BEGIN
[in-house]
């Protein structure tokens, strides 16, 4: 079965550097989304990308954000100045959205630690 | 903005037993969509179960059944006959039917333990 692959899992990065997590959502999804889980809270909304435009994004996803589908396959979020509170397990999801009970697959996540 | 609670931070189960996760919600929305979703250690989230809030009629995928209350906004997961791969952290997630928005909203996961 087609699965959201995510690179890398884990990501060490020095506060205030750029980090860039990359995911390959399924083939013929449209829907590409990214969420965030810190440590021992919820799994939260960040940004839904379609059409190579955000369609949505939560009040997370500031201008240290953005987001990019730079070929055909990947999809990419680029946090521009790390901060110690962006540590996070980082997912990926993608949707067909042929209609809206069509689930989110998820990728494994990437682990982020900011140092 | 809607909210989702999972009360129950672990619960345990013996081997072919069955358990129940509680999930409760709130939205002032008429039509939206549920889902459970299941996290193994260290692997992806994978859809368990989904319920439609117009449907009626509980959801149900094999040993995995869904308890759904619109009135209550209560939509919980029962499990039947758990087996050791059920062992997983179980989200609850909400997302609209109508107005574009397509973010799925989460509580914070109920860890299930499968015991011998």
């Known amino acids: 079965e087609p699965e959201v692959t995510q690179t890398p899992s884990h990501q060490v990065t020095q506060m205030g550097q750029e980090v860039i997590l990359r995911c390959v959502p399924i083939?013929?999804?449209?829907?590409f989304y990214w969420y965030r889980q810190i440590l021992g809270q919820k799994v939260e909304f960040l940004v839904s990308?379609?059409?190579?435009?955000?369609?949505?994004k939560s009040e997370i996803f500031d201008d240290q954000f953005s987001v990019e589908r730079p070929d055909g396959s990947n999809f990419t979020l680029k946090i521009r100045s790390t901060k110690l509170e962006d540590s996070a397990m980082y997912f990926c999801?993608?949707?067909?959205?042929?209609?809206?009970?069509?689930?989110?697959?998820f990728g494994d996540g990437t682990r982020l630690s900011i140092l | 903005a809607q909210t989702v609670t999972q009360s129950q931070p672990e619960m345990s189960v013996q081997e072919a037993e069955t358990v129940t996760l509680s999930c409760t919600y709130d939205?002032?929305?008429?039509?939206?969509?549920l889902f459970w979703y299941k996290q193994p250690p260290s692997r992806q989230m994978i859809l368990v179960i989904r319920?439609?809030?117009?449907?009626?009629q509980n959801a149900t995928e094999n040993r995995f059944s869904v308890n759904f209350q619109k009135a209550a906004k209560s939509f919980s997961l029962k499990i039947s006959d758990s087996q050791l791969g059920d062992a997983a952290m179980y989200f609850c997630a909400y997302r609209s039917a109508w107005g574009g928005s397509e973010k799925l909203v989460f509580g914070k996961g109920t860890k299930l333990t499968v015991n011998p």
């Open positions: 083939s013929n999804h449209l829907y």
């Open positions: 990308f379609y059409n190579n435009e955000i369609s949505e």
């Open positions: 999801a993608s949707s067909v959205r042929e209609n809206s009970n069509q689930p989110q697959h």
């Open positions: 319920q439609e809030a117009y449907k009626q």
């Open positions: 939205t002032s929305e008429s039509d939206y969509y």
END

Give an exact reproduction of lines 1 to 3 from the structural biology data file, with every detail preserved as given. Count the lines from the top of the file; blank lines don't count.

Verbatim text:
[in-house]
């Protein structure tokens, strides 16, 4: 079965550097989304990308954000100045959205630690 | 903005037993969509179960059944006959039917333990 692959899992990065997590959502999804889980809270909304435009994004996803589908396959979020509170397990999801009970697959996540 | 609670931070189960996760919600929305979703250690989230809030009629995928209350906004997961791969952290997630928005909203996961 087609699965959201995510690179890398884990990501060490020095506060205030750029980090860039990359995911390959399924083939013929449209829907590409990214969420965030810190440590021992919820799994939260960040940004839904379609059409190579955000369609949505939560009040997370500031201008240290953005987001990019730079070929055909990947999809990419680029946090521009790390901060110690962006540590996070980082997912990926993608949707067909042929209609809206069509689930989110998820990728494994990437682990982020900011140092 | 809607909210989702999972009360129950672990619960345990013996081997072919069955358990129940509680999930409760709130939205002032008429039509939206549920889902459970299941996290193994260290692997992806994978859809368990989904319920439609117009449907009626509980959801149900094999040993995995869904308890759904619109009135209550209560939509919980029962499990039947758990087996050791059920062992997983179980989200609850909400997302609209109508107005574009397509973010799925989460509580914070109920860890299930499968015991011998």
């Known amino acids: 079965e087609p699965e959201v692959t995510q690179t890398p899992s884990h990501q060490v990065t020095q506060m205030g550097q750029e980090v860039i997590l990359r995911c390959v959502p399924i083939?013929?999804?449209?829907?590409f989304y990214w969420y965030r889980q810190i440590l021992g809270q919820k799994v939260e909304f960040l940004v839904s990308?379609?059409?190579?435009?955000?369609?949505?994004k939560s009040e997370i996803f500031d201008d240290q954000f953005s987001v990019e589908r730079p070929d055909g396959s990947n999809f990419t979020l680029k946090i521009r100045s790390t901060k110690l509170e962006d540590s996070a397990m980082y997912f990926c999801?993608?949707?067909?959205?042929?209609?809206?009970?069509?689930?989110?697959?998820f990728g494994d996540g990437t682990r982020l630690s900011i140092l | 903005a809607q909210t989702v609670t999972q009360s129950q931070p672990e619960m345990s189960v013996q081997e072919a037993e069955t358990v129940t996760l509680s999930c409760t919600y709130d939205?002032?929305?008429?039509?939206?969509?549920l889902f459970w979703y299941k996290q193994p250690p260290s692997r992806q989230m994978i859809l368990v179960i989904r319920?439609?809030?117009?449907?009626?009629q509980n959801a149900t995928e094999n040993r995995f059944s869904v308890n759904f209350q619109k009135a209550a906004k209560s939509f919980s997961l029962k499990i039947s006959d758990s087996q050791l791969g059920d062992a997983a952290m179980y989200f609850c997630a909400y997302r609209s039917a109508w107005g574009g928005s397509e973010k799925l909203v989460f509580g914070k996961g109920t860890k299930l333990t499968v015991n011998p």